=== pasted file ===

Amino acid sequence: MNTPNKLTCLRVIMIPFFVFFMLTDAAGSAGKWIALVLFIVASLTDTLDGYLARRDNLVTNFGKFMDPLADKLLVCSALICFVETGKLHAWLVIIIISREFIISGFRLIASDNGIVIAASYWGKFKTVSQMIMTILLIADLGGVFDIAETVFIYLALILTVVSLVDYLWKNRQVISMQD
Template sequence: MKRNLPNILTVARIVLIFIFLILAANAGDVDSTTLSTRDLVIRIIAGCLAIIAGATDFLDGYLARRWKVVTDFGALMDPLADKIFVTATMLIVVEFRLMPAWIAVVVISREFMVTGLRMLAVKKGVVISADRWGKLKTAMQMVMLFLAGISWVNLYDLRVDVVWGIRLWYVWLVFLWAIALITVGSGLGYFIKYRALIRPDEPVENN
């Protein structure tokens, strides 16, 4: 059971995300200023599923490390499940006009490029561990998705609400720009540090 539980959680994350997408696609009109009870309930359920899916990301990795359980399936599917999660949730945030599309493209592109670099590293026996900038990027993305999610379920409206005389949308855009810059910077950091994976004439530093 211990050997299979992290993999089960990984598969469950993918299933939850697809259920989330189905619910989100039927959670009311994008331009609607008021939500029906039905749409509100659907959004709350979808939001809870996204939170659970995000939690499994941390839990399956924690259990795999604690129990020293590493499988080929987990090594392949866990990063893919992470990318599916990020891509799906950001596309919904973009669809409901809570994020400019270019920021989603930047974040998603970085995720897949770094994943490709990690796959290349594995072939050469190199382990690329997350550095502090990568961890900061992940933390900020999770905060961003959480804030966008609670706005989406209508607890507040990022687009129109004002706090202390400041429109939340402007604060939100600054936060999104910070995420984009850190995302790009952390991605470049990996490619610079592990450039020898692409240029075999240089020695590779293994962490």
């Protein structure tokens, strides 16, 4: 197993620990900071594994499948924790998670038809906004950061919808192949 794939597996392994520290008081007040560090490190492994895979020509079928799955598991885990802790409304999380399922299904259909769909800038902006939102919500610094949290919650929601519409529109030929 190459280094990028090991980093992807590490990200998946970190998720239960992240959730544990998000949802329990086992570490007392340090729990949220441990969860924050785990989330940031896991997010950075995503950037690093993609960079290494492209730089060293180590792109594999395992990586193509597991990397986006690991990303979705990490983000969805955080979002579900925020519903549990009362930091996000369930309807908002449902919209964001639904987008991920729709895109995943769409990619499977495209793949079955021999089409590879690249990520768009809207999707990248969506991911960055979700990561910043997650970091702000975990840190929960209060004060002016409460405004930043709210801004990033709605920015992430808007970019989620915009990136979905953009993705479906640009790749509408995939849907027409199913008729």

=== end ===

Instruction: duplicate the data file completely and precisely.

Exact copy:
Amino acid sequence: MNTPNKLTCLRVIMIPFFVFFMLTDAAGSAGKWIALVLFIVASLTDTLDGYLARRDNLVTNFGKFMDPLADKLLVCSALICFVETGKLHAWLVIIIISREFIISGFRLIASDNGIVIAASYWGKFKTVSQMIMTILLIADLGGVFDIAETVFIYLALILTVVSLVDYLWKNRQVISMQD
Template sequence: MKRNLPNILTVARIVLIFIFLILAANAGDVDSTTLSTRDLVIRIIAGCLAIIAGATDFLDGYLARRWKVVTDFGALMDPLADKIFVTATMLIVVEFRLMPAWIAVVVISREFMVTGLRMLAVKKGVVISADRWGKLKTAMQMVMLFLAGISWVNLYDLRVDVVWGIRLWYVWLVFLWAIALITVGSGLGYFIKYRALIRPDEPVENN
């Protein structure tokens, strides 16, 4: 059971995300200023599923490390499940006009490029561990998705609400720009540090 539980959680994350997408696609009109009870309930359920899916990301990795359980399936599917999660949730945030599309493209592109670099590293026996900038990027993305999610379920409206005389949308855009810059910077950091994976004439530093 211990050997299979992290993999089960990984598969469950993918299933939850697809259920989330189905619910989100039927959670009311994008331009609607008021939500029906039905749409509100659907959004709350979808939001809870996204939170659970995000939690499994941390839990399956924690259990795999604690129990020293590493499988080929987990090594392949866990990063893919992470990318599916990020891509799906950001596309919904973009669809409901809570994020400019270019920021989603930047974040998603970085995720897949770094994943490709990690796959290349594995072939050469190199382990690329997350550095502090990568961890900061992940933390900020999770905060961003959480804030966008609670706005989406209508607890507040990022687009129109004002706090202390400041429109939340402007604060939100600054936060999104910070995420984009850190995302790009952390991605470049990996490619610079592990450039020898692409240029075999240089020695590779293994962490």
């Protein structure tokens, strides 16, 4: 197993620990900071594994499948924790998670038809906004950061919808192949 794939597996392994520290008081007040560090490190492994895979020509079928799955598991885990802790409304999380399922299904259909769909800038902006939102919500610094949290919650929601519409529109030929 190459280094990028090991980093992807590490990200998946970190998720239960992240959730544990998000949802329990086992570490007392340090729990949220441990969860924050785990989330940031896991997010950075995503950037690093993609960079290494492209730089060293180590792109594999395992990586193509597991990397986006690991990303979705990490983000969805955080979002579900925020519903549990009362930091996000369930309807908002449902919209964001639904987008991920729709895109995943769409990619499977495209793949079955021999089409590879690249990520768009809207999707990248969506991911960055979700990561910043997650970091702000975990840190929960209060004060002016409460405004930043709210801004990033709605920015992430808007970019989620915009990136979905953009993705479906640009790749509408995939849907027409199913008729």